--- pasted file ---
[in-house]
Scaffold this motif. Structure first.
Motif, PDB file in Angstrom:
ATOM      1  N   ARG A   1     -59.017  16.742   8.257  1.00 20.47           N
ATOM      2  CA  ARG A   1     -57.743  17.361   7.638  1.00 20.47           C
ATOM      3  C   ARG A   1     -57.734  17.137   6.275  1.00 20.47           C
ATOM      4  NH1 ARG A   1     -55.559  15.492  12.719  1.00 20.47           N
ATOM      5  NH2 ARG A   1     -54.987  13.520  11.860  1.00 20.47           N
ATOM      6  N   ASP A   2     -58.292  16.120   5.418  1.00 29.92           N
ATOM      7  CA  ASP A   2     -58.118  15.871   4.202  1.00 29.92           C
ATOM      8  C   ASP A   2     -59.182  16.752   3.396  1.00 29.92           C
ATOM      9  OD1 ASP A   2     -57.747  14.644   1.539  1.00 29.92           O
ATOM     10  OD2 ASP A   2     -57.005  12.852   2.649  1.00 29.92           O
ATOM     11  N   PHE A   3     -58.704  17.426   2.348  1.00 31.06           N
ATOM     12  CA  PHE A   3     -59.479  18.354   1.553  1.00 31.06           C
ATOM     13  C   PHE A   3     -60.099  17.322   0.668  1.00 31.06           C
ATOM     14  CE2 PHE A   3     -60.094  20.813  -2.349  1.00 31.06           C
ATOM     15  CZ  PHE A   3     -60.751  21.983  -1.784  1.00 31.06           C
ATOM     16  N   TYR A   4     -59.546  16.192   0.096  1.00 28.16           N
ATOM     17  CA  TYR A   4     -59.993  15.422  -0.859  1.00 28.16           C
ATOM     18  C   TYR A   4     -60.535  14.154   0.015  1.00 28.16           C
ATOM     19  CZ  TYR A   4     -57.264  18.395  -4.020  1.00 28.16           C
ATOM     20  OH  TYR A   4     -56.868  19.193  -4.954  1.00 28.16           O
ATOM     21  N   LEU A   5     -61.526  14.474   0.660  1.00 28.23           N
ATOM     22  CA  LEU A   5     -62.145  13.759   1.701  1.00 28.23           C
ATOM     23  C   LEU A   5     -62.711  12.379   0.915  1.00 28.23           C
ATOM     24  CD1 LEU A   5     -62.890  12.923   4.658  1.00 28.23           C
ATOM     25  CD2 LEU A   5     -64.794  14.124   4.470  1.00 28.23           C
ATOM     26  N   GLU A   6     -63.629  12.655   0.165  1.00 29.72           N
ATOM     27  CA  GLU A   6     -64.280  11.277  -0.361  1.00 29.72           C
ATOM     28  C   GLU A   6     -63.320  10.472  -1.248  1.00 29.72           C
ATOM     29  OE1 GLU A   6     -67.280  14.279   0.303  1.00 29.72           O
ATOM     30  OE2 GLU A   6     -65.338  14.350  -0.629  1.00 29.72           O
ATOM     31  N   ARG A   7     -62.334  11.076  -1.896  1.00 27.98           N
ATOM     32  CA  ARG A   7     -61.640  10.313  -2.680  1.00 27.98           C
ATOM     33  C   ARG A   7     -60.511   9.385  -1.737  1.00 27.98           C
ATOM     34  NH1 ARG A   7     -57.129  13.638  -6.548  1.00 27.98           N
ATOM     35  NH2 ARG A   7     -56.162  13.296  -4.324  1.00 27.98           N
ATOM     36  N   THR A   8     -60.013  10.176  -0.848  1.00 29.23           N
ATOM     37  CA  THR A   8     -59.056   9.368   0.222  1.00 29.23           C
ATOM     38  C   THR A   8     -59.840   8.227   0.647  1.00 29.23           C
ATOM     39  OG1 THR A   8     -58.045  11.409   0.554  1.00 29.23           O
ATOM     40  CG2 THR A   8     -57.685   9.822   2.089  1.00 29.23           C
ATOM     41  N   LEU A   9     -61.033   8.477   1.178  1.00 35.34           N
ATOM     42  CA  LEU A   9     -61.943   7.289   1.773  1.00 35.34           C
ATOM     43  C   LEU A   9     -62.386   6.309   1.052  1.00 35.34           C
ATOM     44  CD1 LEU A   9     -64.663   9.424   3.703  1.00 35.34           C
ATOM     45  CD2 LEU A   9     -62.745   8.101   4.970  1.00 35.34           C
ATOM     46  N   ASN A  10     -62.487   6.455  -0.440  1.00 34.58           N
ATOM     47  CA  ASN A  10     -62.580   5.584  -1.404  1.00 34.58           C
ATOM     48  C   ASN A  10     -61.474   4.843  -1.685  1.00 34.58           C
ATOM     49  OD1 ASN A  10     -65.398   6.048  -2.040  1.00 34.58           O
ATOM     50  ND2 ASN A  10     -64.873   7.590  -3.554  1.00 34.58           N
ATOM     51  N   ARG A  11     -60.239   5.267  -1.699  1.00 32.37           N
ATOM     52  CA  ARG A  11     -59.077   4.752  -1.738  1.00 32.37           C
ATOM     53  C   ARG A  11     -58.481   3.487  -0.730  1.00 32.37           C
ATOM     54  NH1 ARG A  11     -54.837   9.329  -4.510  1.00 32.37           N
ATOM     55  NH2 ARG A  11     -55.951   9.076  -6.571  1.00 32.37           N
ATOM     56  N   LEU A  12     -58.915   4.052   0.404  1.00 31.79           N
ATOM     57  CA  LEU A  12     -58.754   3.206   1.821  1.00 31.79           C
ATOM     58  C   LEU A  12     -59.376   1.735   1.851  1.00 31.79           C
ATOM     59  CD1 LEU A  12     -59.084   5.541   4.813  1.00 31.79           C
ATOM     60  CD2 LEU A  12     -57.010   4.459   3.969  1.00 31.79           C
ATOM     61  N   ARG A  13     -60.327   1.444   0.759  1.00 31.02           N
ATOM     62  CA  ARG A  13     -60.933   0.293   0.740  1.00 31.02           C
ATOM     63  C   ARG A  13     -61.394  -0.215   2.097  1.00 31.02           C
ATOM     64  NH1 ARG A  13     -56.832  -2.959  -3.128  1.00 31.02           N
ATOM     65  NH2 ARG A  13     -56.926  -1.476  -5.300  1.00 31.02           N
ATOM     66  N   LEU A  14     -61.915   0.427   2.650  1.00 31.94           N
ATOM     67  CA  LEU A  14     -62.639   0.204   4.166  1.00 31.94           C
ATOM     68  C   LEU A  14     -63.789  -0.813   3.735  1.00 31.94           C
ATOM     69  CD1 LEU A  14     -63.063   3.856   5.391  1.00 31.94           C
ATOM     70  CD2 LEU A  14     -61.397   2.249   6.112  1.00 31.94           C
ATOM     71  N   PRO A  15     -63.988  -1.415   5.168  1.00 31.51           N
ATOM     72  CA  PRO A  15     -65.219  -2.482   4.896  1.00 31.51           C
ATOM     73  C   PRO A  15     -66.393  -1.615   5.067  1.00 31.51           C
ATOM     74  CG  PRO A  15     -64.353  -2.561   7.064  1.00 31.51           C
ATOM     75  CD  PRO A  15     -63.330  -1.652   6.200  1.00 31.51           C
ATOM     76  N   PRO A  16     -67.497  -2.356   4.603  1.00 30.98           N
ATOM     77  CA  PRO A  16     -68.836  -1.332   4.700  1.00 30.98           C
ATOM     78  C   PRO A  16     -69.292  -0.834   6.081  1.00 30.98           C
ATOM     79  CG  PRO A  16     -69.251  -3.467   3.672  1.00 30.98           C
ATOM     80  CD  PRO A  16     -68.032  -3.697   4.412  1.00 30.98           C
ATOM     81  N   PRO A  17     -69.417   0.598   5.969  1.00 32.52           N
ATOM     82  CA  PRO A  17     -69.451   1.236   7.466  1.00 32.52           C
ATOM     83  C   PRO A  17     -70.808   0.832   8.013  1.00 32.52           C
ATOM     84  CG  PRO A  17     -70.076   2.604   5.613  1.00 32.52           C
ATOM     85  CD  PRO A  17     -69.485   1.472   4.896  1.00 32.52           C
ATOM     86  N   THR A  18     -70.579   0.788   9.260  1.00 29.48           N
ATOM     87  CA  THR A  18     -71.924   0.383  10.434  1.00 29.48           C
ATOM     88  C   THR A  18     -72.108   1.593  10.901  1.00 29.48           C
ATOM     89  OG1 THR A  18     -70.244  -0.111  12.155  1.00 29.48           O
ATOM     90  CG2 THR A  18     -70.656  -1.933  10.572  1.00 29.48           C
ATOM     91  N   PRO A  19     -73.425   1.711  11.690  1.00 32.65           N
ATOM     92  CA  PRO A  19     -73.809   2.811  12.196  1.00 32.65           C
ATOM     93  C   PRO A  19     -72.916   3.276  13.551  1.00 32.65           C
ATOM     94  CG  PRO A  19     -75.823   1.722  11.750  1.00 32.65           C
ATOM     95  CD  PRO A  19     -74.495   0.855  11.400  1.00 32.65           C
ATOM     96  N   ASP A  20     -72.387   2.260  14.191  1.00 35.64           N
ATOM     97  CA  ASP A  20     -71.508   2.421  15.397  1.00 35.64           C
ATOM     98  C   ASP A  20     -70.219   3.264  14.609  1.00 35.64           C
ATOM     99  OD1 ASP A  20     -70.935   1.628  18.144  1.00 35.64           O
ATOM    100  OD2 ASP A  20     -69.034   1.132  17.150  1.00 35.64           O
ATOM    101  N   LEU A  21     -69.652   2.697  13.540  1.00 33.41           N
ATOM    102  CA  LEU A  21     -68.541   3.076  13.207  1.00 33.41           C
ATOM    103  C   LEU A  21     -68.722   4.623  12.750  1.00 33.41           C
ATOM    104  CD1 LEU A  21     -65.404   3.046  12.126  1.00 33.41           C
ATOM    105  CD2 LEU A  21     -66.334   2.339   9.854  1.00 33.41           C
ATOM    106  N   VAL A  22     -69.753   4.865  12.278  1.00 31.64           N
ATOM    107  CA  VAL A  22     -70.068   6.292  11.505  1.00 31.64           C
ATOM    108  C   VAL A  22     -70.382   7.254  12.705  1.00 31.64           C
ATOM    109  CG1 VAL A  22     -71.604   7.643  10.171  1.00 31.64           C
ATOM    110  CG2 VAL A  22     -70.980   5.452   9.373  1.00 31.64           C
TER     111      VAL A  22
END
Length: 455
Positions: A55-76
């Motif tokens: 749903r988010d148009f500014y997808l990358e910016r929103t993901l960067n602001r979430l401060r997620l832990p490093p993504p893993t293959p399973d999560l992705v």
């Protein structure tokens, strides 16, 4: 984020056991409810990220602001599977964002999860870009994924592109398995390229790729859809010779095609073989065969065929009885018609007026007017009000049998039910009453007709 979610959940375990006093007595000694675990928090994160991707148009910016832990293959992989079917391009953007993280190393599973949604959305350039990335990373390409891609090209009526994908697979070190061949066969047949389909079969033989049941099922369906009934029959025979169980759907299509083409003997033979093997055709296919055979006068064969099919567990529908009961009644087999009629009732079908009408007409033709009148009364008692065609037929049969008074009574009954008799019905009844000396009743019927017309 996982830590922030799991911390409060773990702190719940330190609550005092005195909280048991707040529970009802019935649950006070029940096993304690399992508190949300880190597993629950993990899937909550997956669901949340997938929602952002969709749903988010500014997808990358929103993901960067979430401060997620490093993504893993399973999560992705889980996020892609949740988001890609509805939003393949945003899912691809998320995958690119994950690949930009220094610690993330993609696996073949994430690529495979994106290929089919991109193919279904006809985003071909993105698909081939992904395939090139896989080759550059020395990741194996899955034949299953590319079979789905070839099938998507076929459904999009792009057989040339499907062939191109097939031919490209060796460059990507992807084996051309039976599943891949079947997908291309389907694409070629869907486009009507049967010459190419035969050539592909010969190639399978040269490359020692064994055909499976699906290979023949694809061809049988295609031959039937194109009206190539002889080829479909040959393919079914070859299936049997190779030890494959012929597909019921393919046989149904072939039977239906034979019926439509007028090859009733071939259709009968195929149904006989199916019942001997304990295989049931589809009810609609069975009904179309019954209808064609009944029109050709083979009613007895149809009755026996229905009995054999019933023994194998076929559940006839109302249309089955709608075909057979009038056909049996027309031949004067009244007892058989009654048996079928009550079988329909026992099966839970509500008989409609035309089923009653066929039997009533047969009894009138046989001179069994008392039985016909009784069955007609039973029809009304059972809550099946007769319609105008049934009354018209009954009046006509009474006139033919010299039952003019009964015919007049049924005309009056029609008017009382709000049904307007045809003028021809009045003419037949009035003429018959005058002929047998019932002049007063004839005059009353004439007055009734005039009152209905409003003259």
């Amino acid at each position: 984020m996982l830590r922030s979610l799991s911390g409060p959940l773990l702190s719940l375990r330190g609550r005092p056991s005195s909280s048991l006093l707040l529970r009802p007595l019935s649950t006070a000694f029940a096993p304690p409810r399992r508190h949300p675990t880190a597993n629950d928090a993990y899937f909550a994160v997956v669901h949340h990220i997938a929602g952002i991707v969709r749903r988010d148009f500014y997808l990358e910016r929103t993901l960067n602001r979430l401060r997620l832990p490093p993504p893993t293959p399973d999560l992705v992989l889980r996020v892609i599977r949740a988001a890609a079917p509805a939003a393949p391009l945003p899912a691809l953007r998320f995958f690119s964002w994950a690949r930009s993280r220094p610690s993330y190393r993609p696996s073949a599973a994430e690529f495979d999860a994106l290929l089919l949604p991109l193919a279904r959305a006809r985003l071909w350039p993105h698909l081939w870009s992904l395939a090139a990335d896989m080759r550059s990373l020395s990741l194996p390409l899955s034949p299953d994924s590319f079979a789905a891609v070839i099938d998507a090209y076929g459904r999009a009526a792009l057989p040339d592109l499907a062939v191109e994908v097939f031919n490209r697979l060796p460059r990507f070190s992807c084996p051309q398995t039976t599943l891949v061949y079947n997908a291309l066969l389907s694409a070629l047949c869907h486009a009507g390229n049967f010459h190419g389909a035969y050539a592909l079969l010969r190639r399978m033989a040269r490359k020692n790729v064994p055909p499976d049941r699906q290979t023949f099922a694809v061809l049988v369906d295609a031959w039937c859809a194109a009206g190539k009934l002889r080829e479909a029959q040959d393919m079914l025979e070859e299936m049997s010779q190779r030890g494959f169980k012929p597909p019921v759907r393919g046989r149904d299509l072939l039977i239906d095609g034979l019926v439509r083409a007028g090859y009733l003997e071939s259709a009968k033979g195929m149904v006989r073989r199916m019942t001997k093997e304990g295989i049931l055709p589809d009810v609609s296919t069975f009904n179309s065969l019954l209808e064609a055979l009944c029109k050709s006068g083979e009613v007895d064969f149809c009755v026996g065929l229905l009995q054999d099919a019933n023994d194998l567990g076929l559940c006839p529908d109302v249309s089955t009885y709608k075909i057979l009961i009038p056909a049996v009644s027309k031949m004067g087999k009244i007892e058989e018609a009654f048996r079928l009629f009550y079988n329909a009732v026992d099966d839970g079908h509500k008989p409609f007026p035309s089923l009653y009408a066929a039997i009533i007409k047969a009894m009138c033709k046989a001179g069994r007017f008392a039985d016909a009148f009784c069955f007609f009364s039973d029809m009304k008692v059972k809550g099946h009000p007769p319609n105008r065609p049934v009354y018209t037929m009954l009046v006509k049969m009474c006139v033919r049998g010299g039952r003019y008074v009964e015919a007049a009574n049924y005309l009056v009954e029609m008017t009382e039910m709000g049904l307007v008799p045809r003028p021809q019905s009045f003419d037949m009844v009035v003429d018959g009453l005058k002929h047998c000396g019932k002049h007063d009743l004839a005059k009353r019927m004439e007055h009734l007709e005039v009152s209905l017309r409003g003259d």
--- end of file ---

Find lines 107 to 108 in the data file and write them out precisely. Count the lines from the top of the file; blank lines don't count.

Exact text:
ATOM    104  CD1 LEU A  21     -65.404   3.046  12.126  1.00 33.41           C
ATOM    105  CD2 LEU A  21     -66.334   2.339   9.854  1.00 33.41           C